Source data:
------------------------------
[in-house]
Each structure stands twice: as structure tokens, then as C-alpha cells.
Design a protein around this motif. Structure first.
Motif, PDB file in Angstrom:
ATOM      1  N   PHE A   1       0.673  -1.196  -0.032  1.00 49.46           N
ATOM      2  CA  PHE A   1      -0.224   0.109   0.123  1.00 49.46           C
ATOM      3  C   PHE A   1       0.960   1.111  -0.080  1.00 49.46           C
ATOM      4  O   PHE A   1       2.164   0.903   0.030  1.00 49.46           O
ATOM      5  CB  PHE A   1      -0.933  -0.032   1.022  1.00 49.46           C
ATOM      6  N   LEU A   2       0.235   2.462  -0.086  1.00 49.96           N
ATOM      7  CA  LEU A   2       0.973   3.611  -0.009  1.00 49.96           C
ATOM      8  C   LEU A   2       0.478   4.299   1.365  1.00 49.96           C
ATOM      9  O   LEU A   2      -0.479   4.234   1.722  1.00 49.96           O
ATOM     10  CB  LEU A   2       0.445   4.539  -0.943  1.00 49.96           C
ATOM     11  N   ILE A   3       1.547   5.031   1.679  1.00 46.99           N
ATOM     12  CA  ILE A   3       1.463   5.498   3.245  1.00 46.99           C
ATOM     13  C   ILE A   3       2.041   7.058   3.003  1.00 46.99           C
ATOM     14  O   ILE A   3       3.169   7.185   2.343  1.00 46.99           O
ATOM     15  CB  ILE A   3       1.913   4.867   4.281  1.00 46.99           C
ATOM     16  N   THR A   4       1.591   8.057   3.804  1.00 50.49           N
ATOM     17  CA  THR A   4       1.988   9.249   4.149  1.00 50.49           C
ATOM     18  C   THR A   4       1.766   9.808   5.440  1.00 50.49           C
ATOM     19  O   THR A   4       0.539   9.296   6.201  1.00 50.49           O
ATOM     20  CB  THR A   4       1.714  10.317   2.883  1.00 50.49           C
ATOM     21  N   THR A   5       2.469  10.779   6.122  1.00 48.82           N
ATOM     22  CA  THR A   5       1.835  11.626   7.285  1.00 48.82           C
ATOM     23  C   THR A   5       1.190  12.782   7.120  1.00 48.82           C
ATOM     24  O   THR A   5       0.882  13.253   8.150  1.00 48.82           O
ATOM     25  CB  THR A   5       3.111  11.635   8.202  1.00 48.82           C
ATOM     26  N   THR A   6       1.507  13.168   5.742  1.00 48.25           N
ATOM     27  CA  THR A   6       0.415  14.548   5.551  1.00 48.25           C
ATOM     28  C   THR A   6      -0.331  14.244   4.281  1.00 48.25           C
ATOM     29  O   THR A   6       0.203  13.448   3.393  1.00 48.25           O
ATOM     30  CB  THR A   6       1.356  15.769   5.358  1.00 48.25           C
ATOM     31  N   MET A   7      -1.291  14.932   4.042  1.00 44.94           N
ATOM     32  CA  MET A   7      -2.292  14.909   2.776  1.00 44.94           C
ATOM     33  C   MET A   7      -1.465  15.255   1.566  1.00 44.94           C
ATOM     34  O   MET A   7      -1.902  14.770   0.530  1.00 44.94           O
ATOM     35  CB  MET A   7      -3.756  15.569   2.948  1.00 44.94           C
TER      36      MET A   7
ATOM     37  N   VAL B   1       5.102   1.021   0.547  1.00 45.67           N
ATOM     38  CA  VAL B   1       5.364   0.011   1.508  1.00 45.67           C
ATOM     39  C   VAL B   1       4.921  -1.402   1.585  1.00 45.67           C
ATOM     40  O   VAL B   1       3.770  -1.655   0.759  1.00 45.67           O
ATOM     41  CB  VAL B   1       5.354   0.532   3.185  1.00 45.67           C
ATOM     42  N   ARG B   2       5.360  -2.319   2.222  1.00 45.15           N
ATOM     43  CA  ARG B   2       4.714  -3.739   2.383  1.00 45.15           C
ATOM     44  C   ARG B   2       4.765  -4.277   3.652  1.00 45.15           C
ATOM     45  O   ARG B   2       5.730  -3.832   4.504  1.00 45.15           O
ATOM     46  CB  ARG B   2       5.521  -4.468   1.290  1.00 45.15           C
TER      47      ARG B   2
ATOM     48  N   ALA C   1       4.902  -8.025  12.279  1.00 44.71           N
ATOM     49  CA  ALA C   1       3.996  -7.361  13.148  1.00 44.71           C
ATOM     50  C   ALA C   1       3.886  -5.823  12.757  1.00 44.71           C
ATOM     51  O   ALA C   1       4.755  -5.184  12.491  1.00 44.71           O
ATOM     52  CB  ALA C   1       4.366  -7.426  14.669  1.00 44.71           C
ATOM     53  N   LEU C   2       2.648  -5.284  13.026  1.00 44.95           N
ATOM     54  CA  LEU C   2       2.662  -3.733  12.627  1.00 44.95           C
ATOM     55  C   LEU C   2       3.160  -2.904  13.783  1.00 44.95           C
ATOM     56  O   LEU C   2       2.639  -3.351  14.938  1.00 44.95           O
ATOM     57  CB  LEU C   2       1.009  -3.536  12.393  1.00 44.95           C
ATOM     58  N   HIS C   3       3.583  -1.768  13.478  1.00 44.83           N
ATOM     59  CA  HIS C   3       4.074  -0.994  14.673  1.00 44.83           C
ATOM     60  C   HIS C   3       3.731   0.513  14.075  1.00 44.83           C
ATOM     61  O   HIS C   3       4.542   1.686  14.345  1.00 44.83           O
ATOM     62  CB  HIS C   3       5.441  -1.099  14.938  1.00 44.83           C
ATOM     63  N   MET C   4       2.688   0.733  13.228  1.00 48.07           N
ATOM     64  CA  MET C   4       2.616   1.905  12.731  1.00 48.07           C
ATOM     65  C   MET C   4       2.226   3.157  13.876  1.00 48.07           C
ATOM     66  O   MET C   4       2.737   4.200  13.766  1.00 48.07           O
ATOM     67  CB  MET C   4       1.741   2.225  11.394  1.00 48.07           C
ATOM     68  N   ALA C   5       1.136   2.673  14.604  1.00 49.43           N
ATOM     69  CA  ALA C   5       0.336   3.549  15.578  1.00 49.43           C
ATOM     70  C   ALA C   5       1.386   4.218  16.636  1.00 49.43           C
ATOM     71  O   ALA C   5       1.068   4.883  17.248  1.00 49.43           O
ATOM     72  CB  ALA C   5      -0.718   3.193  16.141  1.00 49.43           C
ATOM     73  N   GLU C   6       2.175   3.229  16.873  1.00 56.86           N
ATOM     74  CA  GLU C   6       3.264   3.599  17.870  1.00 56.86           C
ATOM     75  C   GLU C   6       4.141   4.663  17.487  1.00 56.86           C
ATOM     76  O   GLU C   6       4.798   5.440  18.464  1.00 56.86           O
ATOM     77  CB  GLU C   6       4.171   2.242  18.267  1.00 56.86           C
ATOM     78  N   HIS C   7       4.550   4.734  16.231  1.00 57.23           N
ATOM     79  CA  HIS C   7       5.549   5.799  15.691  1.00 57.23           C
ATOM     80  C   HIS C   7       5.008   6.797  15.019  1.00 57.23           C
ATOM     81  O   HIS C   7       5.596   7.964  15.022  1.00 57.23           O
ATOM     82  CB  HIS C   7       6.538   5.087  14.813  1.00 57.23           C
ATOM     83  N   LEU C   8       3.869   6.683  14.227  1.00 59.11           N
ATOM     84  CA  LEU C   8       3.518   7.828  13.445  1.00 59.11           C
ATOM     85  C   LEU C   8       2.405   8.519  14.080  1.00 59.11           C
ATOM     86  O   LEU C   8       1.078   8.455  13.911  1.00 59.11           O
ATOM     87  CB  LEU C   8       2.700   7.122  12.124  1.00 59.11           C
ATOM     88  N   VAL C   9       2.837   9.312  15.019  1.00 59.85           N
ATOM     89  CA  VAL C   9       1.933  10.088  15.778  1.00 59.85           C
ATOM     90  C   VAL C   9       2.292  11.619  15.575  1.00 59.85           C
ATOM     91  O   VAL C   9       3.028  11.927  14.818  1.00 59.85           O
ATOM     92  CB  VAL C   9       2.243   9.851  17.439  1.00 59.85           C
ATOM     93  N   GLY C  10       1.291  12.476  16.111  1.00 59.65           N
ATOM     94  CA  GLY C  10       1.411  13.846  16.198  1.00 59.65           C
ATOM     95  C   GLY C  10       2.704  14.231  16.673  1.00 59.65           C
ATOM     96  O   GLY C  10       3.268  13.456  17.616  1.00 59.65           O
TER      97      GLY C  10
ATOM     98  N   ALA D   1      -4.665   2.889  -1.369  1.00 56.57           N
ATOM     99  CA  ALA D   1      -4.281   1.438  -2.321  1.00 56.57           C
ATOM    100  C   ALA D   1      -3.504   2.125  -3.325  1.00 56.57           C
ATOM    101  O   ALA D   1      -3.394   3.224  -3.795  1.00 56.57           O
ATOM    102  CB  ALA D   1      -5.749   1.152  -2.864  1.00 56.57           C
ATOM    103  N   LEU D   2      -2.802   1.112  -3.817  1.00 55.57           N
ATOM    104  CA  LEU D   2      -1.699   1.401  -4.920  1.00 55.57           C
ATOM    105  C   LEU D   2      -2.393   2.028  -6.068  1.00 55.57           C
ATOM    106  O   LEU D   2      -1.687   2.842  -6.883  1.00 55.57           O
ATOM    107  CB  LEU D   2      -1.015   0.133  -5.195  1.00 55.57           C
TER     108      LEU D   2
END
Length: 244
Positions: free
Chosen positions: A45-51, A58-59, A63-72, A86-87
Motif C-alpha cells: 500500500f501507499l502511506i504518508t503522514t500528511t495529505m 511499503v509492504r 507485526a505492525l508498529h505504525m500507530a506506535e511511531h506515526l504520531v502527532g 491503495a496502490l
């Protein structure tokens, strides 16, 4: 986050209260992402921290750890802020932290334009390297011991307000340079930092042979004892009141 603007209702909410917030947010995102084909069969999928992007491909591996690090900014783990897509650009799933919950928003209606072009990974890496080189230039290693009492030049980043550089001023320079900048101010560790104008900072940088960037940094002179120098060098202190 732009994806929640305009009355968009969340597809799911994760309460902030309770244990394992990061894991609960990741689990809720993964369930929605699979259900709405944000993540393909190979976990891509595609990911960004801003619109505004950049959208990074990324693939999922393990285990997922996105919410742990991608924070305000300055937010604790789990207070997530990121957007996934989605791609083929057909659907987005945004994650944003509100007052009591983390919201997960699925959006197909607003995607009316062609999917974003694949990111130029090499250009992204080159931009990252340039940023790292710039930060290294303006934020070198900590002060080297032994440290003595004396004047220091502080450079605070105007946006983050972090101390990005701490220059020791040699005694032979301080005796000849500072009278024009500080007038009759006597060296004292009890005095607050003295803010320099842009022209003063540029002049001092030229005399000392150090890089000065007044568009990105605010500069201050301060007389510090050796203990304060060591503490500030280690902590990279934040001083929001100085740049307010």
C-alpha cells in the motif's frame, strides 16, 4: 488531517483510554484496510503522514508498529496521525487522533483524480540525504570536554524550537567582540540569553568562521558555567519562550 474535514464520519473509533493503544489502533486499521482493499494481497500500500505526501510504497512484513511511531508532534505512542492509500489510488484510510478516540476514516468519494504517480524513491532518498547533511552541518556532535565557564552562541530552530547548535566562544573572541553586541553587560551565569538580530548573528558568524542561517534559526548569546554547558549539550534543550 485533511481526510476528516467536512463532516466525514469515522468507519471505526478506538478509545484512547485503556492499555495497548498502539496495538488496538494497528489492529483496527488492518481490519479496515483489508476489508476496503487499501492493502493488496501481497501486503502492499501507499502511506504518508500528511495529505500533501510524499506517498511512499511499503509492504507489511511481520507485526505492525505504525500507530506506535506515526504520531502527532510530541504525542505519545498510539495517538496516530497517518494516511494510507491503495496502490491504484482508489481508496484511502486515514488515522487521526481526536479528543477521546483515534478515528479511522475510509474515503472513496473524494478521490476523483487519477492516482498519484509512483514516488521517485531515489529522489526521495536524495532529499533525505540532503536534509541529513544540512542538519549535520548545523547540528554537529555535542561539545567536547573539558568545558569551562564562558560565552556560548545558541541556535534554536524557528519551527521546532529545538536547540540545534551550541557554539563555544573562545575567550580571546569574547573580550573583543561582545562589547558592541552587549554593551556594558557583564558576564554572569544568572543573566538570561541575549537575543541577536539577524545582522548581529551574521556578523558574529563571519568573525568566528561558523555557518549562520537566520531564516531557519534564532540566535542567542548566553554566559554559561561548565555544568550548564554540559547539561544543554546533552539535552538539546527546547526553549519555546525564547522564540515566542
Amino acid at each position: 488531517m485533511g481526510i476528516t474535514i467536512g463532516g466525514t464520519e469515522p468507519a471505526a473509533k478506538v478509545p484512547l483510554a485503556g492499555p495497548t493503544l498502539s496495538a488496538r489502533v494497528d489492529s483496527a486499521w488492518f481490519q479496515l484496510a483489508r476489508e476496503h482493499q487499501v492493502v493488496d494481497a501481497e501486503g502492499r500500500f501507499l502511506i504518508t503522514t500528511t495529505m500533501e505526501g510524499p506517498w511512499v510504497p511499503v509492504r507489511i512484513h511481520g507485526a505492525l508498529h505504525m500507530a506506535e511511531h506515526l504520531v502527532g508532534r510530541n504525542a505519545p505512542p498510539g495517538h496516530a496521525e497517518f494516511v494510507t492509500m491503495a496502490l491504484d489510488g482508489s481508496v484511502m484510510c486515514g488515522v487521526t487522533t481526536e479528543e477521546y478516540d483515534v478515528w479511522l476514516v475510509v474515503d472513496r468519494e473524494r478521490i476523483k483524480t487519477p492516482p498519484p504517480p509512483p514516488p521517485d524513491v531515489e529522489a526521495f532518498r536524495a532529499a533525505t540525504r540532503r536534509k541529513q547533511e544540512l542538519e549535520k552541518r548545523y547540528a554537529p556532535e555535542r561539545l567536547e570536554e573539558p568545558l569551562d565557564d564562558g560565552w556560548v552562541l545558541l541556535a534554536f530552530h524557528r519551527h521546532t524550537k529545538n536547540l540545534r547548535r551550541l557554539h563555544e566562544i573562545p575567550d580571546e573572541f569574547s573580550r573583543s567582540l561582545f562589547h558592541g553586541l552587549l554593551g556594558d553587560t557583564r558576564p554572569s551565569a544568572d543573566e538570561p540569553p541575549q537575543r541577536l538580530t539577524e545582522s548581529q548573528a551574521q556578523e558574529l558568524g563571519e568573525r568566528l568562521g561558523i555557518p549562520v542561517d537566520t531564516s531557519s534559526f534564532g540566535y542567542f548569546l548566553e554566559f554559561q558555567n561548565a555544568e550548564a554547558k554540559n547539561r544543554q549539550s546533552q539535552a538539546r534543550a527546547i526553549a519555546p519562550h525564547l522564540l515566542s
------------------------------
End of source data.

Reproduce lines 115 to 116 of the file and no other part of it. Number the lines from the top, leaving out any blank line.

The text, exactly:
Positions: free
Chosen positions: A45-51, A58-59, A63-72, A86-87